- Wait for Results: The monitor will display your systolic and diastolic blood pressure readings. These readings are typically presented in mm Hg.
- Record the Measurements: Note down the systolic and diastolic pressure readings, along with the date and time of measurement.
For the most accurate results, it’s essential to:
- Sit quietly for at least five minutes before measuring your blood pressure.
- Place the cuff on your bare upper arm at heart level.
- Ensure the cuff is neither too loose nor too tight.
- Relax and avoid talking during the measurement.
Remember, blood pressure can vary throughout the day, so it’s advisable to take multiple readings at different times and days to get a more comprehensive picture of your blood pressure patterns.
Health Risks Associated with High Blood Pressure
Uncontrolled high blood pressure can lead to a range of serious health issues. Some of the potential risks include:
- Heart Disease: High blood pressure can damage the arteries, increasing the risk of coronary artery disease, heart attack, and heart failure.
- Stroke: Elevated blood pressure can weaken blood vessel walls, making them more prone to rupture and causing a stroke.
- Kidney Damage: High blood pressure can harm the kidneys and lead to kidney disease.
- Eye Problems: It can cause damage to the blood vessels in the eyes, potentially resulting in vision impairment or blindness.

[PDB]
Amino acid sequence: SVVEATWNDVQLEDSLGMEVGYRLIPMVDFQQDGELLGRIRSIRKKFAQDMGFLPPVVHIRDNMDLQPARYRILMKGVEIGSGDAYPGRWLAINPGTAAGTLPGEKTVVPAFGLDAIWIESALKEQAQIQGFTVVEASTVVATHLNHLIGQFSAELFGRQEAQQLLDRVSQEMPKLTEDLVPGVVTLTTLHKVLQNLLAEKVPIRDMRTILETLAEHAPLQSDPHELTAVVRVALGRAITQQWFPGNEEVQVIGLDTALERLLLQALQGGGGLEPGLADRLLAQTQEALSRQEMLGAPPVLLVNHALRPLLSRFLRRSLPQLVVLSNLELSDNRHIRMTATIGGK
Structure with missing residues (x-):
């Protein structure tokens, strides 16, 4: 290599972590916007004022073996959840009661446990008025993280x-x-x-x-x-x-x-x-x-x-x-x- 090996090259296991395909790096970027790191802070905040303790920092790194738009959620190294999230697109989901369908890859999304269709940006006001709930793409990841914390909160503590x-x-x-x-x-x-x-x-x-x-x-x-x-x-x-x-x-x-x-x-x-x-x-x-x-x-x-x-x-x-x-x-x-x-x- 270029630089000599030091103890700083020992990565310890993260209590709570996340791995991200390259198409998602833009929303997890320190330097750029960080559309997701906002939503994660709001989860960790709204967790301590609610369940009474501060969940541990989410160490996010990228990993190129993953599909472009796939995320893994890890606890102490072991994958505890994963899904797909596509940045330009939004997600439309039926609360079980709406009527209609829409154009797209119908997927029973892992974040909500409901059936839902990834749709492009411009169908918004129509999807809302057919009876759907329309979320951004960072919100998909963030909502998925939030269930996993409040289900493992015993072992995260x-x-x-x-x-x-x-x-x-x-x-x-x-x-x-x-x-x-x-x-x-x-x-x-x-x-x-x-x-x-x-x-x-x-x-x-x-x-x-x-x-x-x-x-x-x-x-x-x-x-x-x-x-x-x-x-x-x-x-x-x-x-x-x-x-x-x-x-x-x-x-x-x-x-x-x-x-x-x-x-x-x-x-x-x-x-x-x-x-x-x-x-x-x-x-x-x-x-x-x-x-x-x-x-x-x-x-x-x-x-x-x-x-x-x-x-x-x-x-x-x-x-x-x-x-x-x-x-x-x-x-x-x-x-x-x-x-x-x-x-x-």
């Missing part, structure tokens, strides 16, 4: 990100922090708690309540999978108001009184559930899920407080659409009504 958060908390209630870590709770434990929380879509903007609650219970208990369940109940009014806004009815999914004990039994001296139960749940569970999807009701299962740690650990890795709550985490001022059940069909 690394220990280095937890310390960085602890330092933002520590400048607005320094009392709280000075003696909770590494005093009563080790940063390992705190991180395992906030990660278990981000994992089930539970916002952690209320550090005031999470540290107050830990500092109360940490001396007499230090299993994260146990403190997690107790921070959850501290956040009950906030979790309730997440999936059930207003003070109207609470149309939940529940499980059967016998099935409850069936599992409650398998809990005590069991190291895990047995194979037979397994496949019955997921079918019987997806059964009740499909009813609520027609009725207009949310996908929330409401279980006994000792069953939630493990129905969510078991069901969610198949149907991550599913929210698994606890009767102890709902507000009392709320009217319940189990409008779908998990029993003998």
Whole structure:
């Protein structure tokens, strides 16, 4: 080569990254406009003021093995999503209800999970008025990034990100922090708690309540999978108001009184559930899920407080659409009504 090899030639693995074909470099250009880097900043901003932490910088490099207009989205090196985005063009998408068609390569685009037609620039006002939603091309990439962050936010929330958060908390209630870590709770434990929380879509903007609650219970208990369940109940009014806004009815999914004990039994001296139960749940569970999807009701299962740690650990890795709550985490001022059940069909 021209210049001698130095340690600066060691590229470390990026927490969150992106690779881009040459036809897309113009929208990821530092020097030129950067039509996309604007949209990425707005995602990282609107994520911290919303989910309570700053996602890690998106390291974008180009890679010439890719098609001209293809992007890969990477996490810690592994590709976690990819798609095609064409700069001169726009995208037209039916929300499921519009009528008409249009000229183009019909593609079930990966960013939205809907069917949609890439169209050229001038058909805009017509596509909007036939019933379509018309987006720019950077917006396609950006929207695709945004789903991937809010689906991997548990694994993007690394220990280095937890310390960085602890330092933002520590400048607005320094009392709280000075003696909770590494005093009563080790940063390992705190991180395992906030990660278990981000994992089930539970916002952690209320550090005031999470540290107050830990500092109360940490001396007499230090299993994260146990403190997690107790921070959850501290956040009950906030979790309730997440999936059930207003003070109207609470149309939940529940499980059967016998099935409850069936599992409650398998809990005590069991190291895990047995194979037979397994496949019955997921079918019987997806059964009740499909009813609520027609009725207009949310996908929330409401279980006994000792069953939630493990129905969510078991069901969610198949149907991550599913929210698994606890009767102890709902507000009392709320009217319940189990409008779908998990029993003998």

- Peripheral Artery Disease: Narrowed arteries due to high blood pressure can reduce blood flow to the limbs, leading to pain and mobility issues.
- Aneurysm: Weak spots in blood vessel walls can enlarge and rupture, causing life-threatening internal bleeding.
In certain situations, special considerations apply to blood pressure management:
- Children and Adolescents: Blood pressure norms vary by age, so paediatricians use different reference values for children and teens. Early detection of high blood pressure in young individuals is crucial for prevention.
- Pregnancy: Blood pressure tends to rise during pregnancy. Pregnant individuals should receive regular prenatal care to monitor and manage their blood pressure.
- Chronic Conditions: Those with chronic conditions like diabetes or kidney disease should closely monitor their blood pressure and work with healthcare professionals to manage it effectively.
In a Nutshell
Understanding systolic and diastolic blood pressure is essential for maintaining good health and preventing serious medical issues. Regular monitoring, a healthy lifestyle, and medical intervention when needed can go a long way in ensuring your blood pressure stays within a healthy range. Remember that your heart works tirelessly to keep your blood flowing, and it’s up to you to take care of it by staying informed and making the right choices for your well-being.
If you ever have concerns about your blood pressure or heart health, don’t hesitate to seek professional guidance. Consulting with a healthcare provider can provide valuable insights and personalised recommendations for keeping your heart in top shape. To find a wealth of resources and connect with experienced physicians near you, you can also go to BP in Control’s website where we have a reservoir of knowledge and Find a Physician page to contact a doctor near your area.
Take the proactive step towards a healthier heart and a healthier you. Your heart will thank you for it.